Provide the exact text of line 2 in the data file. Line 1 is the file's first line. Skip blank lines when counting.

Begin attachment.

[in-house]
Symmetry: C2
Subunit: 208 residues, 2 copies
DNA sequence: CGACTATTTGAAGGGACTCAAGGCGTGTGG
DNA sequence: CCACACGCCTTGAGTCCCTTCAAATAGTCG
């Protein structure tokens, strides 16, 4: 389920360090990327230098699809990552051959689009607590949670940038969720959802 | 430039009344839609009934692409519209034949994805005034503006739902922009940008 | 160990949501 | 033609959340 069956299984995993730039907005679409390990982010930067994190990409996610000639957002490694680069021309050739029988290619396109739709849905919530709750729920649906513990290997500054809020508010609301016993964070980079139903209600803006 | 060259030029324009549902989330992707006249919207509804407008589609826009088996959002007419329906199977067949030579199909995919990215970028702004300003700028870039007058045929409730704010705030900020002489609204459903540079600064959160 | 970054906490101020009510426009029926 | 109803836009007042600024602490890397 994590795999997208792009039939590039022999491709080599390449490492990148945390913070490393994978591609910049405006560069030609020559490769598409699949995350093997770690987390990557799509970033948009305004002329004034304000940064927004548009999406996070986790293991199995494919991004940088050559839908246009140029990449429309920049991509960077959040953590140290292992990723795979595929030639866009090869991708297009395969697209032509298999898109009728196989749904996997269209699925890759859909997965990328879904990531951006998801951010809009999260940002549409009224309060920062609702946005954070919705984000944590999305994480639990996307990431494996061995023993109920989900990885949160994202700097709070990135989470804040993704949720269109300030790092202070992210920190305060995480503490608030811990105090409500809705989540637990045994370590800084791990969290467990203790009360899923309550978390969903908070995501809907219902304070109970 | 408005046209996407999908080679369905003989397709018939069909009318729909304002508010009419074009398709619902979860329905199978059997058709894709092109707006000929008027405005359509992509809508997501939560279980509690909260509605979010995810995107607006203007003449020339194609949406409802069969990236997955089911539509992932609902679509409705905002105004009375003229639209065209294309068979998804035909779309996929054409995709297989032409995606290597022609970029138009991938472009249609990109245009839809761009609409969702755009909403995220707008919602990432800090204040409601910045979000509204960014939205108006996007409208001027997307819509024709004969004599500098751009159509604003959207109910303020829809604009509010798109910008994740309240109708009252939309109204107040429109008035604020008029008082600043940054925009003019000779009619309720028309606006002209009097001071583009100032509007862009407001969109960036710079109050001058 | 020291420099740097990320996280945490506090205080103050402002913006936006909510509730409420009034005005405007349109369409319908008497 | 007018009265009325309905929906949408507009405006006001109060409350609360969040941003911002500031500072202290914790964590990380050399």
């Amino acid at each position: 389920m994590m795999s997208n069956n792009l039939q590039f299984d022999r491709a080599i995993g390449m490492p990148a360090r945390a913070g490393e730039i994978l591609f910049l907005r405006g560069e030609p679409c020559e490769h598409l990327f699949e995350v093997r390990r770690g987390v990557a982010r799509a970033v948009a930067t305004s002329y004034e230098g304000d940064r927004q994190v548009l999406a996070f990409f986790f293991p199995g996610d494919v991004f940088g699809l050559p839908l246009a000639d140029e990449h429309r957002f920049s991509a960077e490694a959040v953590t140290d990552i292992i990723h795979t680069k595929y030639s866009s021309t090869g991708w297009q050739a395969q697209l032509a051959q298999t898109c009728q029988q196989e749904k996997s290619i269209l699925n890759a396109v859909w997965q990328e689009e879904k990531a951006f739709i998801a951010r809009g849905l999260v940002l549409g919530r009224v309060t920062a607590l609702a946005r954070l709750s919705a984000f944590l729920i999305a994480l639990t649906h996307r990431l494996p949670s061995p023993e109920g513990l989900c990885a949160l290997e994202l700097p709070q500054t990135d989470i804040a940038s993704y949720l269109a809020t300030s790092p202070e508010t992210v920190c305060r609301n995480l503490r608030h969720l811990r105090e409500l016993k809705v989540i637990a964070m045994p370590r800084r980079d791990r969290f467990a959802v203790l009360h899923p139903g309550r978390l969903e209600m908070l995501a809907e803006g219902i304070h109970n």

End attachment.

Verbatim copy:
Symmetry: C2